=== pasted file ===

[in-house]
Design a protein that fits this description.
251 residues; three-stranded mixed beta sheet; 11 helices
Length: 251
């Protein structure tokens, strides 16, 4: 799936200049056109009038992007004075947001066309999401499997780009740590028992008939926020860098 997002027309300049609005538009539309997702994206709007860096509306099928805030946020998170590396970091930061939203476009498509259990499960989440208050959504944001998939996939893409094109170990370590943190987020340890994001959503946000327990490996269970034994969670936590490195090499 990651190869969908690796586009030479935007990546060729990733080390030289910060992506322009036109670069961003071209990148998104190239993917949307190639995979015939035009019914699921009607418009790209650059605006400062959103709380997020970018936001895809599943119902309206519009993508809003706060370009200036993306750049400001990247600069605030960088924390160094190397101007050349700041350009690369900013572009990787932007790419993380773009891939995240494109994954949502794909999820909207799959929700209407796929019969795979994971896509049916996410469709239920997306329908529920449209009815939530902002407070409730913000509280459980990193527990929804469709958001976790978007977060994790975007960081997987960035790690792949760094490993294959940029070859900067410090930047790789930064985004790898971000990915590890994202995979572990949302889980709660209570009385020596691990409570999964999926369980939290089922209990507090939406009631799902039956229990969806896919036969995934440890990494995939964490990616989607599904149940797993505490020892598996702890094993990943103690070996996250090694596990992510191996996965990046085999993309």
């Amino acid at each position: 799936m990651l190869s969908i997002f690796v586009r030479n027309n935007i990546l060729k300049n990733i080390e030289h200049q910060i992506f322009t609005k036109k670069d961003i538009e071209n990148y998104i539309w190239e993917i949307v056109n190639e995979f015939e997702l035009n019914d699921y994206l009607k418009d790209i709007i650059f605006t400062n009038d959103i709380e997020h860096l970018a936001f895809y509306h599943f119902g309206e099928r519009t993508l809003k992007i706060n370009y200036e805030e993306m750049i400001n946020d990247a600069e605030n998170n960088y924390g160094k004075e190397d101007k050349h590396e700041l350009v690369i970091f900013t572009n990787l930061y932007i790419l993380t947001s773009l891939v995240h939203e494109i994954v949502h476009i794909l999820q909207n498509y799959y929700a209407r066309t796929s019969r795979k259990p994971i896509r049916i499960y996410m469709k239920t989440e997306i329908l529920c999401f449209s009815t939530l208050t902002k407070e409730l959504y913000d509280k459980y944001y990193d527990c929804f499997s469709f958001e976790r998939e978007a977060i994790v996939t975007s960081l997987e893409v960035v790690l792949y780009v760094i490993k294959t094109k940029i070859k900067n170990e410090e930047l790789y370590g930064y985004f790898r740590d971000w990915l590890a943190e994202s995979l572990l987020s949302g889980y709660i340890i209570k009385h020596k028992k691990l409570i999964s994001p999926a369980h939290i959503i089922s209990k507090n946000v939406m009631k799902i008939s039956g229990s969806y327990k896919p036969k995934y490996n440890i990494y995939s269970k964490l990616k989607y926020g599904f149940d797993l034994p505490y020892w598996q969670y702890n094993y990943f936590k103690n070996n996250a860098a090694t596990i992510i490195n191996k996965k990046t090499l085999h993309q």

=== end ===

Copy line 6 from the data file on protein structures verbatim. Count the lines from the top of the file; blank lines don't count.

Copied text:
């Amino acid at each position: 799936m990651l190869s969908i997002f690796v586009r030479n027309n935007i990546l060729k300049n990733i080390e030289h200049q910060i992506f322009t609005k036109k670069d961003i538009e071209n990148y998104i539309w190239e993917i949307v056109n190639e995979f015939e997702l035009n019914d699921y994206l009607k418009d790209i709007i650059f605006t400062n009038d959103i709380e997020h860096l970018a936001f895809y509306h599943f119902g309206e099928r519009t993508l809003k992007i706060n370009y200036e805030e993306m750049i400001n946020d990247a600069e605030n998170n960088y924390g160094k004075e190397d101007k050349h590396e700041l350009v690369i970091f900013t572009n990787l930061y932007i790419l993380t947001s773009l891939v995240h939203e494109i994954v949502h476009i794909l999820q909207n498509y799959y929700a209407r066309t796929s019969r795979k259990p994971i896509r049916i499960y996410m469709k239920t989440e997306i329908l529920c999401f449209s009815t939530l208050t902002k407070e409730l959504y913000d509280k459980y944001y990193d527990c929804f499997s469709f958001e976790r998939e978007a977060i994790v996939t975007s960081l997987e893409v960035v790690l792949y780009v760094i490993k294959t094109k940029i070859k900067n170990e410090e930047l790789y370590g930064y985004f790898r740590d971000w990915l590890a943190e994202s995979l572990l987020s949302g889980y709660i340890i209570k009385h020596k028992k691990l409570i999964s994001p999926a369980h939290i959503i089922s209990k507090n946000v939406m009631k799902i008939s039956g229990s969806y327990k896919p036969k995934y490996n440890i990494y995939s269970k964490l990616k989607y926020g599904f149940d797993l034994p505490y020892w598996q969670y702890n094993y990943f936590k103690n070996n996250a860098a090694t596990i992510i490195n191996k996965k990046t090499l085999h993309q």